Genetic composition of an exponentially growing cell population

David Cheek, Tibor Antal

Research output: Contribution to journalArticlepeer-review

Abstract / Description of output

We study a simple model of DNA evolution in a growing population of cells. Each cell contains a nucleotide sequence which randomly mutates at cell division. Cells divide according to a branching process. Following typical parameter values in bacteria and cancer cell populations, we take the mutation rate to zero and the final number of cellsto infinity. We prove that almost every site (entry of the nucleotide sequence) is mutated in only a finite number of cells, and these numbers are independent across sites. However independence breaks down for the rare sites which are mutated in a positive fraction of the population. The model is free from the popular but disputed infinite sites assumption. Violations of the infinite sites assumption are widespread while their impact on mutation frequencies is negligible at the scale of population fractions. Some results are generalised to allow for cell death, selection, and site-specific mutation rates. For illustration we estimate mutation rates in a lung adenocarcinoma.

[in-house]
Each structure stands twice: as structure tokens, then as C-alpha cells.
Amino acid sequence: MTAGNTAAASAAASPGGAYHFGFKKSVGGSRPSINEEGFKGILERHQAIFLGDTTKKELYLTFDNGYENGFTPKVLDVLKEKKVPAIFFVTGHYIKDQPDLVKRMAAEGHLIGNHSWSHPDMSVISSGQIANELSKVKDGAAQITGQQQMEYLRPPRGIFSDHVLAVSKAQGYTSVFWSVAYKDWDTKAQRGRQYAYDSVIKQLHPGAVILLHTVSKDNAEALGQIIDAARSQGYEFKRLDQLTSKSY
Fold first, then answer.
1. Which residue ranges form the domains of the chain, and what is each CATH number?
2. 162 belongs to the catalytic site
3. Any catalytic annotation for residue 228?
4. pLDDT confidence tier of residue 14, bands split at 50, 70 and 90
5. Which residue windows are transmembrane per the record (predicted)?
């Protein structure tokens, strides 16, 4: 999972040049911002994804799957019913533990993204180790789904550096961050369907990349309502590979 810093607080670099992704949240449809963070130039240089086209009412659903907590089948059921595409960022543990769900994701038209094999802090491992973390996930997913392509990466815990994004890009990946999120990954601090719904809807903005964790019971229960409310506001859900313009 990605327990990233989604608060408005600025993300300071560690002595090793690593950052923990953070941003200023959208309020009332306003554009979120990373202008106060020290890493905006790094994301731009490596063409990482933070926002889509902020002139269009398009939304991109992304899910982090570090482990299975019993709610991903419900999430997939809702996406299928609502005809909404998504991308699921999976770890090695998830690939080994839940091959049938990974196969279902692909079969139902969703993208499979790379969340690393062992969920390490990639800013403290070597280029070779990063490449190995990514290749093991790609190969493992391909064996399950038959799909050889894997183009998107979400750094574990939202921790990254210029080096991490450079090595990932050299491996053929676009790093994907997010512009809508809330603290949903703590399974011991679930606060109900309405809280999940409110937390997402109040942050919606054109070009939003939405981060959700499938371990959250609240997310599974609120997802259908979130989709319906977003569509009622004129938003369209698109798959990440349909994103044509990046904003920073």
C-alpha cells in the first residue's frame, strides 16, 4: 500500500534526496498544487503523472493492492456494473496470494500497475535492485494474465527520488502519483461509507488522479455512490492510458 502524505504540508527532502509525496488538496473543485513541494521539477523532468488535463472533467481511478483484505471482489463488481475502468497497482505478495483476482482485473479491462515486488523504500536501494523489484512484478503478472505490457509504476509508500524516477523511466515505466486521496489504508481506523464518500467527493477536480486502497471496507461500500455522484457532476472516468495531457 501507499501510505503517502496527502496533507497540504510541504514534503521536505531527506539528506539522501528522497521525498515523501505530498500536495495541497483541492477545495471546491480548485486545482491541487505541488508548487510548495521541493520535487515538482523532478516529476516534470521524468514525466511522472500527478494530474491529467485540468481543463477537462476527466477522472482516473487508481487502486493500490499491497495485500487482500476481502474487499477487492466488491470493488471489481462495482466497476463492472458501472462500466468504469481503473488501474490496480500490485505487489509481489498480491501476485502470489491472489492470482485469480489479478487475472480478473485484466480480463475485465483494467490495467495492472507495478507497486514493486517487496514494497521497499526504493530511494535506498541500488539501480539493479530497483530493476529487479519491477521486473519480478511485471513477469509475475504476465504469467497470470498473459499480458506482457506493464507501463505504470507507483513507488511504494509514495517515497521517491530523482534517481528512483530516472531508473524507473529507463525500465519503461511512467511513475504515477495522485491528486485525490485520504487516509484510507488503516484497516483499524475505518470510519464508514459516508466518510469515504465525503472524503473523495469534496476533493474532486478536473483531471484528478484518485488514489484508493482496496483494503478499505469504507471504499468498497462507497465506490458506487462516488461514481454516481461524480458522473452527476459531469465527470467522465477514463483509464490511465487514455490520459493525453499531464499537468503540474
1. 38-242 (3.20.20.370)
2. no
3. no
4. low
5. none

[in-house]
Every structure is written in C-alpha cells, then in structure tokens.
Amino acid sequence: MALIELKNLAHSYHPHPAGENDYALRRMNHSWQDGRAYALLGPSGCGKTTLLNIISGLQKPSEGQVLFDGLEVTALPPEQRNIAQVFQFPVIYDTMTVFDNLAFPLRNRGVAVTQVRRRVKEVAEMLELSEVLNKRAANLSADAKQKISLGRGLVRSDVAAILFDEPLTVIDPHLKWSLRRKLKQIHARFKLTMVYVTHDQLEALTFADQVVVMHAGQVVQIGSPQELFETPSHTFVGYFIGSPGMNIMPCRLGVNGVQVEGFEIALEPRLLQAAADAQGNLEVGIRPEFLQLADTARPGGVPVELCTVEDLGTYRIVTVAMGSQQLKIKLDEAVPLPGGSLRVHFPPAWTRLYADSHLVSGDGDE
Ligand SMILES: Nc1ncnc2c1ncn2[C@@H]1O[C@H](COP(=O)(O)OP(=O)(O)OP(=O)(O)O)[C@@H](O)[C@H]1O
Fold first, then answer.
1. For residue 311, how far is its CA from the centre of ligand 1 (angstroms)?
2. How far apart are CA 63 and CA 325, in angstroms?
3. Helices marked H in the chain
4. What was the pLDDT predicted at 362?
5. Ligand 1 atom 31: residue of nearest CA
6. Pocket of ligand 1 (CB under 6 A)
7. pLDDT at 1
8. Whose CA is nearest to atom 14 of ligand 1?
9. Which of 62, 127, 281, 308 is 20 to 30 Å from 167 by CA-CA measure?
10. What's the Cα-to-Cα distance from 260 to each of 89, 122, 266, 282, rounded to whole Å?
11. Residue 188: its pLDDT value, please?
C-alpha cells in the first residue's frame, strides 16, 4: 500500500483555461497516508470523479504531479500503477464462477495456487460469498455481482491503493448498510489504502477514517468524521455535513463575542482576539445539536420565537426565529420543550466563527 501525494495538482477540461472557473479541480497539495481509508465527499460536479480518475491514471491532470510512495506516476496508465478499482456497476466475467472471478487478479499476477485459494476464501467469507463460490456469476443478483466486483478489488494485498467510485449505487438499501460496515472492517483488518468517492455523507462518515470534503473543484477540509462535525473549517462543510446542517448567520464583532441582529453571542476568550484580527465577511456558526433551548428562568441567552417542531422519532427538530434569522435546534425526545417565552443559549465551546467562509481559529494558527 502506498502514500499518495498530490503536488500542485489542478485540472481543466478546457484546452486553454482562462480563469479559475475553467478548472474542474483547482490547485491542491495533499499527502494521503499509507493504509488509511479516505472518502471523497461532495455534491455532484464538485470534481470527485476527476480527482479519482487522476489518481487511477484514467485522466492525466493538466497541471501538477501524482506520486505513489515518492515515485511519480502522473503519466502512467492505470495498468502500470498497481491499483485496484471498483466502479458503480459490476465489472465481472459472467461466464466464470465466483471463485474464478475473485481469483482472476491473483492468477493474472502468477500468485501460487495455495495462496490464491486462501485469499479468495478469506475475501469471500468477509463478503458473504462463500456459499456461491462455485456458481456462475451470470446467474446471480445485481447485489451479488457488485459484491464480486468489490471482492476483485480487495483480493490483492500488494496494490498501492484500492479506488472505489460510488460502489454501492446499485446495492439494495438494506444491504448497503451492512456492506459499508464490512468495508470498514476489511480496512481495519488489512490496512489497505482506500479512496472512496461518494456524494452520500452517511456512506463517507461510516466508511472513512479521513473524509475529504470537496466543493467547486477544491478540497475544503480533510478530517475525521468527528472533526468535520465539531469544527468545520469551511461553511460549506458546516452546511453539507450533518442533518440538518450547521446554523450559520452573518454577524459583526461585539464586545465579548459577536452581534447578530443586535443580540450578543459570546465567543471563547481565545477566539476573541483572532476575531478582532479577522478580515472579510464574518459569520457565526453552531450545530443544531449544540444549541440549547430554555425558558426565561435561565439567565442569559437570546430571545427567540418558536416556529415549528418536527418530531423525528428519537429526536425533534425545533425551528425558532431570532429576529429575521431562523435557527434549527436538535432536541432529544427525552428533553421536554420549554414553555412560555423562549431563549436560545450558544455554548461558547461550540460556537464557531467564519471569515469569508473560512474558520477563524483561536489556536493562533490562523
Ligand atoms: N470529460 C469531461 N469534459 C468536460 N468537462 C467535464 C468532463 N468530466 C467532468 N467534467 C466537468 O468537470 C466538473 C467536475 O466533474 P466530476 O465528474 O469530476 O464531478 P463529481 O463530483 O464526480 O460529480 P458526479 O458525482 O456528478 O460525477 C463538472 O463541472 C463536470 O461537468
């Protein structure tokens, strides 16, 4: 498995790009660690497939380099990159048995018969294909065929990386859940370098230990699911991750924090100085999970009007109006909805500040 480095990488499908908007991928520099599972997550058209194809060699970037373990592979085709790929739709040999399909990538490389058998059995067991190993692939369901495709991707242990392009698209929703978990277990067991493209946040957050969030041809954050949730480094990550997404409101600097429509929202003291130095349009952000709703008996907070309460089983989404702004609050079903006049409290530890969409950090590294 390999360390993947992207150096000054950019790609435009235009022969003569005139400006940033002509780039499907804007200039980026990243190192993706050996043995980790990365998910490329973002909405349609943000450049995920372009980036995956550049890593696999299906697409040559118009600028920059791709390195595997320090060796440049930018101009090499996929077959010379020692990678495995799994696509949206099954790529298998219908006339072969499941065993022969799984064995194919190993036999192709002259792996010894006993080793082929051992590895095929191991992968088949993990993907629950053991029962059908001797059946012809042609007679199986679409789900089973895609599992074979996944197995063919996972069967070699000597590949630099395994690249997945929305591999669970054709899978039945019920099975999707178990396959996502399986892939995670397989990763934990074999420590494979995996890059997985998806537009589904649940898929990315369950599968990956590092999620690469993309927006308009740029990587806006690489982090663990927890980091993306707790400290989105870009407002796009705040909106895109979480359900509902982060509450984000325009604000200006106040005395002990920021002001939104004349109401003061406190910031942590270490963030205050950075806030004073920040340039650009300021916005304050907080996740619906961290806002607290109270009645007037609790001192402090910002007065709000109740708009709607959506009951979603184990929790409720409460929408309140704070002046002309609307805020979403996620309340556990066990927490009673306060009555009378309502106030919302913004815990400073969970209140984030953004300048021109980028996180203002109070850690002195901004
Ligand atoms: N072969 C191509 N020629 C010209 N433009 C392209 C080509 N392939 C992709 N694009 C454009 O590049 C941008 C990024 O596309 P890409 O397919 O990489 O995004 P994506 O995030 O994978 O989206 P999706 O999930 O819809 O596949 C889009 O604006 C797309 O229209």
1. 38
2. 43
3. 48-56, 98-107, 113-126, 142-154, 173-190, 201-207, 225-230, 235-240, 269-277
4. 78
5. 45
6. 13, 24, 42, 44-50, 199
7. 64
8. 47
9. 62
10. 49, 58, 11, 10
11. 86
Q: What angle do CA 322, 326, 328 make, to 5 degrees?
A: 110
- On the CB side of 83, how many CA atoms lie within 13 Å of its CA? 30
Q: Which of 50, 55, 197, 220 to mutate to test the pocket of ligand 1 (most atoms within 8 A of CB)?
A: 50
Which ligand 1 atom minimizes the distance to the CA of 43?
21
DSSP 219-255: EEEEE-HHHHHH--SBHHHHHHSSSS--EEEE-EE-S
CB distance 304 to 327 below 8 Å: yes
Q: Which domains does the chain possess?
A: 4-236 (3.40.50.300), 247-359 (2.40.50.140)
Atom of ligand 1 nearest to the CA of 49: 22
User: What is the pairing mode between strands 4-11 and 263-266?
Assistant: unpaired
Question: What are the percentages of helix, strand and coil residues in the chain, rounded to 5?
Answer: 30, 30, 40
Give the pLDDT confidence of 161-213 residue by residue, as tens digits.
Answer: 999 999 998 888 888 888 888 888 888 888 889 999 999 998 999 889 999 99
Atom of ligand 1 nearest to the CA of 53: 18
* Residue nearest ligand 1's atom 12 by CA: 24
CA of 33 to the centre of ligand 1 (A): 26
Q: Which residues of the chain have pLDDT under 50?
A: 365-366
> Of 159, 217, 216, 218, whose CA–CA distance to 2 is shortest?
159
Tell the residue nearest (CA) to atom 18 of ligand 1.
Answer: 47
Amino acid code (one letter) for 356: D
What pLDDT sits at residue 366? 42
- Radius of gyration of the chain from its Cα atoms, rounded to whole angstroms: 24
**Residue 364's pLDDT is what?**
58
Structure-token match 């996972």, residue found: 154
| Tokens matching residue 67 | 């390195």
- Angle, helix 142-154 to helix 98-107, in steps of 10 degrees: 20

Original languageEnglish
Pages (from-to)6580-6624
Number of pages68
JournalStochastic processes and their applications
Issue number11
Early online date5 Jun 2020
Publication statusE-pub ahead of print - 5 Jun 2020


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